The Key: Escape from Strongwall Prison – Justin Bell

My love affair with the deduction game series The Key is well documented. The Key: Escape from Strongwall Prison is my fifth box (I think this means I have played all of them!), and at this point, it is pretty easy to summarize my thoughts.

Strongwall Prison uses a fun premise—this game built around the criminals that you caught in all the other games from The Key universe. Some of these criminals have broken out of the joint, and have accomplices who helped with their escape and their hideouts. Not only do players have to figure out how each criminal broke out of Strongwall, but who helped them along the way plus other key facts using some of the hardest puzzles from the series.

My family took Strongwall Prison for a spin recently and it was a very tough ride. My kids, now aged 10 and 7, literally gave up after beginning to sort through both the large clue cards (standard for the series) and a new smaller series of cards to pursue the second part of the game’s deduction puzzle. Even I have to admit that Strongwall Prison definitely earns its stripes as the “Level 3–Expert” rating on the front of the box. This felt much harder than the four previous games. For gamers, or families who really have exhausted easier puzzle games in their collection, Strongwall Prison is worth a look. The series designer, Thomas Sing, continues to work magic beyond The Crew: The Quest for Planet Nine and The Crew: Mission Deep Sea, the best co-operative trick-taking games ever made.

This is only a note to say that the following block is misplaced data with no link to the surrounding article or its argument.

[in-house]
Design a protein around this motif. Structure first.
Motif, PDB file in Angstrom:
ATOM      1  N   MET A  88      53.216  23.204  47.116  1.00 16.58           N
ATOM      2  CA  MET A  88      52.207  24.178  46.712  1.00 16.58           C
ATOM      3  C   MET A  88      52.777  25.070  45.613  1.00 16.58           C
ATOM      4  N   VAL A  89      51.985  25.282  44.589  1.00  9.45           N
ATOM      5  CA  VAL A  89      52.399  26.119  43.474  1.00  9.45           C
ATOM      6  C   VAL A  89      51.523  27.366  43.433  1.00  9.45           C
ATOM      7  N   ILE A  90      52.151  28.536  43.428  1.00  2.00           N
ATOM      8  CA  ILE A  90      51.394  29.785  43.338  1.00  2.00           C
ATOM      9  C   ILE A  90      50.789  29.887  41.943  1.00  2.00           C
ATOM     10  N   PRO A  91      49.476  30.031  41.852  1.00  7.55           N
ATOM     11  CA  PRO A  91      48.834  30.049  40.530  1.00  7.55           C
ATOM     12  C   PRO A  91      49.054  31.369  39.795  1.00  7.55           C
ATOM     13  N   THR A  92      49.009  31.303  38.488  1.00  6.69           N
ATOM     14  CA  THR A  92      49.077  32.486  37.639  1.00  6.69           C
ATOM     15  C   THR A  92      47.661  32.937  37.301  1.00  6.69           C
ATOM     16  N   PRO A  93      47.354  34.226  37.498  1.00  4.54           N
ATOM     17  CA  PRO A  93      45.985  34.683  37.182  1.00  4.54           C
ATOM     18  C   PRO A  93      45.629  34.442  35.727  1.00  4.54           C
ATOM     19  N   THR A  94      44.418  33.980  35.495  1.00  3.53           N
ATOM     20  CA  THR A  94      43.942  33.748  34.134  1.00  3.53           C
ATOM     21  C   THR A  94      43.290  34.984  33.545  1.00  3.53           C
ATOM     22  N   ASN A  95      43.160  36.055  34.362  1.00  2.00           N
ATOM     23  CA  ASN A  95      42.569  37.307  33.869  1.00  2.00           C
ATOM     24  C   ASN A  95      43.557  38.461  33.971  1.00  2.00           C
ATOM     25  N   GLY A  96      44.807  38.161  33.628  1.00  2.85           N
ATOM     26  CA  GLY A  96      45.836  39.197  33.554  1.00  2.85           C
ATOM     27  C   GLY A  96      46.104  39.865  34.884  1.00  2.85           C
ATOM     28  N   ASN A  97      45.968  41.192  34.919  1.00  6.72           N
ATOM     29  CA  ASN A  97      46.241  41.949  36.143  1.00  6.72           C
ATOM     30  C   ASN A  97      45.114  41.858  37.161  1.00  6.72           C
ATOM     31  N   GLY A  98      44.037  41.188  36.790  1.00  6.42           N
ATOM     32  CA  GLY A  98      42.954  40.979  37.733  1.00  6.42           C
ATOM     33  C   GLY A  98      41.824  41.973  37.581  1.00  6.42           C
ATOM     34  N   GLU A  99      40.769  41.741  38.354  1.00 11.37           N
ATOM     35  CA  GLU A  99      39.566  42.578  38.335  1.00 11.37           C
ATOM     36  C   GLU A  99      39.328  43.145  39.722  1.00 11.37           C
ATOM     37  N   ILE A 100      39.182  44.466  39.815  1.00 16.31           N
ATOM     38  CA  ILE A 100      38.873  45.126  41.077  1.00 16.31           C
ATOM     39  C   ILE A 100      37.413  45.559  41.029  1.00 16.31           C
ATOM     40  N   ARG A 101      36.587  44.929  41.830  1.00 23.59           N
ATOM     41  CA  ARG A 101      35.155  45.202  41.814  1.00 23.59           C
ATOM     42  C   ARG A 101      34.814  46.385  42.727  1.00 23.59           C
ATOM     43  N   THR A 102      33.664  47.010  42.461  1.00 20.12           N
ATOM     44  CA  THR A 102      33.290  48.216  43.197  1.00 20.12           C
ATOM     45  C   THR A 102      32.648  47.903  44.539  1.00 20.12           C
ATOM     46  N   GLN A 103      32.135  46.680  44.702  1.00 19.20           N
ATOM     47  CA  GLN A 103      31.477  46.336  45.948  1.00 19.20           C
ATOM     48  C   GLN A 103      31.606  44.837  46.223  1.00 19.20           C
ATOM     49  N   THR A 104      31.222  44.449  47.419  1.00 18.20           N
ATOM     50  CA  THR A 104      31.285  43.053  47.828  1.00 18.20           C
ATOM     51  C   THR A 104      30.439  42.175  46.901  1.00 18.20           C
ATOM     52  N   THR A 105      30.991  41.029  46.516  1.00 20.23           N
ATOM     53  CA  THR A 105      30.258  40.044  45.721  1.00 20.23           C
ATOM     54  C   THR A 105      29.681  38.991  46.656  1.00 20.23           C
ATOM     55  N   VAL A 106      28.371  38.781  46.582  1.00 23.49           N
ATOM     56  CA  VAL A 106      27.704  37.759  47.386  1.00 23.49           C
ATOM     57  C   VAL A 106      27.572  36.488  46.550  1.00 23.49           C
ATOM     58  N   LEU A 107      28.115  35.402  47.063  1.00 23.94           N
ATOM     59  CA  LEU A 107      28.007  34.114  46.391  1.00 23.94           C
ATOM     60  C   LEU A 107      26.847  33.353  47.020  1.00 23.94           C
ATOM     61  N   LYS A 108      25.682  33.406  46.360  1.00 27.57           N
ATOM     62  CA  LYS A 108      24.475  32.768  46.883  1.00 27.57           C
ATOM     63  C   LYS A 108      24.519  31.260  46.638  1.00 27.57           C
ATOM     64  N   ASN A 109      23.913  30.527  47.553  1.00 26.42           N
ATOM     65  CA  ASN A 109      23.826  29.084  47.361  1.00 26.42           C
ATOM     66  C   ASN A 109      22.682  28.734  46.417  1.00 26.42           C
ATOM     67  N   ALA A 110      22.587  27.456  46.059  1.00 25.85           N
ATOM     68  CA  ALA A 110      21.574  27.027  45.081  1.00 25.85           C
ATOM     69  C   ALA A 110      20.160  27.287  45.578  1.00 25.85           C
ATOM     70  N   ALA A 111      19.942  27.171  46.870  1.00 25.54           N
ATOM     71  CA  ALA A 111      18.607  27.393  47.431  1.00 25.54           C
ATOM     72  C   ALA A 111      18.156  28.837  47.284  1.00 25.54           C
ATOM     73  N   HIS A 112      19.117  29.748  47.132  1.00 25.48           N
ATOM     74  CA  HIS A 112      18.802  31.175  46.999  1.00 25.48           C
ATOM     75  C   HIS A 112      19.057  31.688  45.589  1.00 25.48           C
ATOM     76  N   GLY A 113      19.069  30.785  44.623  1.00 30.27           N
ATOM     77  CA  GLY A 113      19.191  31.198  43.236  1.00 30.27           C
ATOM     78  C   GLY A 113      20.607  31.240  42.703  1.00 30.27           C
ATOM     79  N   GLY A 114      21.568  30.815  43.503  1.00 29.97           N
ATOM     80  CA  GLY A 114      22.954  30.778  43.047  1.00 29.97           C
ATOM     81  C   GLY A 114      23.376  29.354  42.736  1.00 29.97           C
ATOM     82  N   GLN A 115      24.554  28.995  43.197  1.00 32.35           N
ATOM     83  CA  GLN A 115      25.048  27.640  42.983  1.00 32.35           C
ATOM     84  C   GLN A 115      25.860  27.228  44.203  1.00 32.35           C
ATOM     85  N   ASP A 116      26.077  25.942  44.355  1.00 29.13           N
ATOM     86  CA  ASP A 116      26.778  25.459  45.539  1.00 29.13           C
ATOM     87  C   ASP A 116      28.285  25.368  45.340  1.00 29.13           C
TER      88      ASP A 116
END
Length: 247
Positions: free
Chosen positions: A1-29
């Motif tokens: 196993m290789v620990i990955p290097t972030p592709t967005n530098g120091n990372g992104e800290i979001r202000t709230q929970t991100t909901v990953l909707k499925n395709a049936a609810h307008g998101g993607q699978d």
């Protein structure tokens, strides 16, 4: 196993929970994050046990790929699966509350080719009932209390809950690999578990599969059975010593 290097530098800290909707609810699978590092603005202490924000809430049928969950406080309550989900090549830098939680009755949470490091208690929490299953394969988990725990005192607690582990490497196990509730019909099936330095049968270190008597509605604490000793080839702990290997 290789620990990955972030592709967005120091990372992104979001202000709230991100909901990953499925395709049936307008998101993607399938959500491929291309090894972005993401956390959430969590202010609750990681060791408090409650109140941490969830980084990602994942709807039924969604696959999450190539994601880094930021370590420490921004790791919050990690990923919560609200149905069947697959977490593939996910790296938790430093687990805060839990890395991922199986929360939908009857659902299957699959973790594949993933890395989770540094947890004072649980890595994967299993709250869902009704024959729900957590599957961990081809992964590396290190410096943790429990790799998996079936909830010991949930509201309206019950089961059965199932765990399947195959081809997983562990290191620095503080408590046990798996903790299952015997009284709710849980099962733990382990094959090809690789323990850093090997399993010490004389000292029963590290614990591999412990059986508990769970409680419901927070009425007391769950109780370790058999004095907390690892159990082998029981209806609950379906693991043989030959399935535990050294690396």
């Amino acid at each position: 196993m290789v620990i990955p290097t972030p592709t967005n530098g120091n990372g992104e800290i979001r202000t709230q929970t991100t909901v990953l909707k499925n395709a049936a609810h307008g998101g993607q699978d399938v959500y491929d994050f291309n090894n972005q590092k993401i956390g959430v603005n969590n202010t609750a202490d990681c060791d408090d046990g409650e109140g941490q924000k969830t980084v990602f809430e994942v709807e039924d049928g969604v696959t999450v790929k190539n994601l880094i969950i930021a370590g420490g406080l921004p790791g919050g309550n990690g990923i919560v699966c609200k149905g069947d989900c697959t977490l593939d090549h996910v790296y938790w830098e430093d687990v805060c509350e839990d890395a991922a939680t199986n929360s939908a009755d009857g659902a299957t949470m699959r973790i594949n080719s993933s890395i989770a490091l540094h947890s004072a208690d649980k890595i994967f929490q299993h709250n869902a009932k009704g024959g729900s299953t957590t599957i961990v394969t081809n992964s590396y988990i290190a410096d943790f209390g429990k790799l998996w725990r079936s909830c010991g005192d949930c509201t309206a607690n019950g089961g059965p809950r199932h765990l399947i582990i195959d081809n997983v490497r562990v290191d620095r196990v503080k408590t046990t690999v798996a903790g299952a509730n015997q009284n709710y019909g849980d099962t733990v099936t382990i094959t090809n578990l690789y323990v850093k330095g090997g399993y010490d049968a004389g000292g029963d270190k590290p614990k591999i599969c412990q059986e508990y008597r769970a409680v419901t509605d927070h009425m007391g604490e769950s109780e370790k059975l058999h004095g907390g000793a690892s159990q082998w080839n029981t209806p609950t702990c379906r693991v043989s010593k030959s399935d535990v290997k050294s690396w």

Ease of entry?:
★★★☆☆ – There were a few questions
Would I play it again?:
★★★☆☆ – Wouldn’t suggest it, but would happily play it

Read more articles from Justin Bell.

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About the author

Andy Matthews

Founder of Meeple Mountain, editor in chief of, and software engineer. Father of 4, husband to 1, lover of games, books, and movies, and all around nice guy. I run Nashville Game Night, and Nashville Tabletop Day.

About the author

Bob Pazehoski, Jr.

On any given day, I am a husband and father of five. I read obsessively and, occasionally, I write stories of varying length, quality, and metrical structure. As often as possible, I enjoy sitting down to the table for a game with friends and family. I'm happy to trumpet Everdell, in all its charm and glory, as the insurmountable favorite of my collection.

About the author

David McMillan

IT support specialist by day, Minecrafter by night; I always find time for board gaming. When it comes to games, I prefer the heavier euro-game fare. Uwe Rosenberg is my personal hero with Stefan Feld coming in as a close second.

About the author

K. David Ladage

Avid board gamer, role-player, and poet; software and database engineer. I publish some things under the imprint ZiLa Games. Very happy to be here.

About the author

Justin Bell

Love my family, love games, love food, love naps. If you're in Chicago, let's meet up and roll some dice!